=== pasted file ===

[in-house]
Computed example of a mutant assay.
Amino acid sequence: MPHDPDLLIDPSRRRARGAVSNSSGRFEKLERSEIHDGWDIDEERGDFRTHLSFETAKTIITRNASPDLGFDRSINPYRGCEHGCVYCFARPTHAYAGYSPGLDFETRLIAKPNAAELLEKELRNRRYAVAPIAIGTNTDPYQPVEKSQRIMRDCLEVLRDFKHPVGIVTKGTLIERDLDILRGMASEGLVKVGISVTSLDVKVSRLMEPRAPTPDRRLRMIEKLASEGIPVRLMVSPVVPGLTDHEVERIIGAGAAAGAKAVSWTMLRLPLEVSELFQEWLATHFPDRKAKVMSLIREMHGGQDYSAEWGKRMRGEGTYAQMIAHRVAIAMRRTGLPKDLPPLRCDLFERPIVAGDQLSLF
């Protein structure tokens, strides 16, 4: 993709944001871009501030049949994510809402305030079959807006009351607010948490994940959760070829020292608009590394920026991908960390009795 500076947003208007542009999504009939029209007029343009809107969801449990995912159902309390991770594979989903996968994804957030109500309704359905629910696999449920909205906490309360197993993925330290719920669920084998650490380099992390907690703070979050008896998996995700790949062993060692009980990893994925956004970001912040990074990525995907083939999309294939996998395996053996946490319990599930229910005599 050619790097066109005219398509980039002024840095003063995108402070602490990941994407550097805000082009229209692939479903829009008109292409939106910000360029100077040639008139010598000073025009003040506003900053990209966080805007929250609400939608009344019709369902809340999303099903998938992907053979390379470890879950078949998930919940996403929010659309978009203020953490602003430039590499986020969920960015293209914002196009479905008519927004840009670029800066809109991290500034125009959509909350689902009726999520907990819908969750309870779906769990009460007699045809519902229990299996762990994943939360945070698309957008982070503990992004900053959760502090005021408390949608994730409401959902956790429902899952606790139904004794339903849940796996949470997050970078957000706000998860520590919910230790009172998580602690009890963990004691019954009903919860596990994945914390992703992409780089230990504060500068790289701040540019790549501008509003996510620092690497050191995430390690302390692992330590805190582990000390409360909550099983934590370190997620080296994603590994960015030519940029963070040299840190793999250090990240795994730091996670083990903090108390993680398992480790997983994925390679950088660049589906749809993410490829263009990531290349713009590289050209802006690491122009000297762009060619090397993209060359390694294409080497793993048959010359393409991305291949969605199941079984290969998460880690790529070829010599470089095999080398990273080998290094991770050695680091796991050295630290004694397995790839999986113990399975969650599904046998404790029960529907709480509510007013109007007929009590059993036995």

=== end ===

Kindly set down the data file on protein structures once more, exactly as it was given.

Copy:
[in-house]
Computed example of a mutant assay.
Amino acid sequence: MPHDPDLLIDPSRRRARGAVSNSSGRFEKLERSEIHDGWDIDEERGDFRTHLSFETAKTIITRNASPDLGFDRSINPYRGCEHGCVYCFARPTHAYAGYSPGLDFETRLIAKPNAAELLEKELRNRRYAVAPIAIGTNTDPYQPVEKSQRIMRDCLEVLRDFKHPVGIVTKGTLIERDLDILRGMASEGLVKVGISVTSLDVKVSRLMEPRAPTPDRRLRMIEKLASEGIPVRLMVSPVVPGLTDHEVERIIGAGAAAGAKAVSWTMLRLPLEVSELFQEWLATHFPDRKAKVMSLIREMHGGQDYSAEWGKRMRGEGTYAQMIAHRVAIAMRRTGLPKDLPPLRCDLFERPIVAGDQLSLF
């Protein structure tokens, strides 16, 4: 993709944001871009501030049949994510809402305030079959807006009351607010948490994940959760070829020292608009590394920026991908960390009795 500076947003208007542009999504009939029209007029343009809107969801449990995912159902309390991770594979989903996968994804957030109500309704359905629910696999449920909205906490309360197993993925330290719920669920084998650490380099992390907690703070979050008896998996995700790949062993060692009980990893994925956004970001912040990074990525995907083939999309294939996998395996053996946490319990599930229910005599 050619790097066109005219398509980039002024840095003063995108402070602490990941994407550097805000082009229209692939479903829009008109292409939106910000360029100077040639008139010598000073025009003040506003900053990209966080805007929250609400939608009344019709369902809340999303099903998938992907053979390379470890879950078949998930919940996403929010659309978009203020953490602003430039590499986020969920960015293209914002196009479905008519927004840009670029800066809109991290500034125009959509909350689902009726999520907990819908969750309870779906769990009460007699045809519902229990299996762990994943939360945070698309957008982070503990992004900053959760502090005021408390949608994730409401959902956790429902899952606790139904004794339903849940796996949470997050970078957000706000998860520590919910230790009172998580602690009890963990004691019954009903919860596990994945914390992703992409780089230990504060500068790289701040540019790549501008509003996510620092690497050191995430390690302390692992330590805190582990000390409360909550099983934590370190997620080296994603590994960015030519940029963070040299840190793999250090990240795994730091996670083990903090108390993680398992480790997983994925390679950088660049589906749809993410490829263009990531290349713009590289050209802006690491122009000297762009060619090397993209060359390694294409080497793993048959010359393409991305291949969605199941079984290969998460880690790529070829010599470089095999080398990273080998290094991770050695680091796991050295630290004694397995790839999986113990399975969650599904046998404790029960529907709480509510007013109007007929009590059993036995």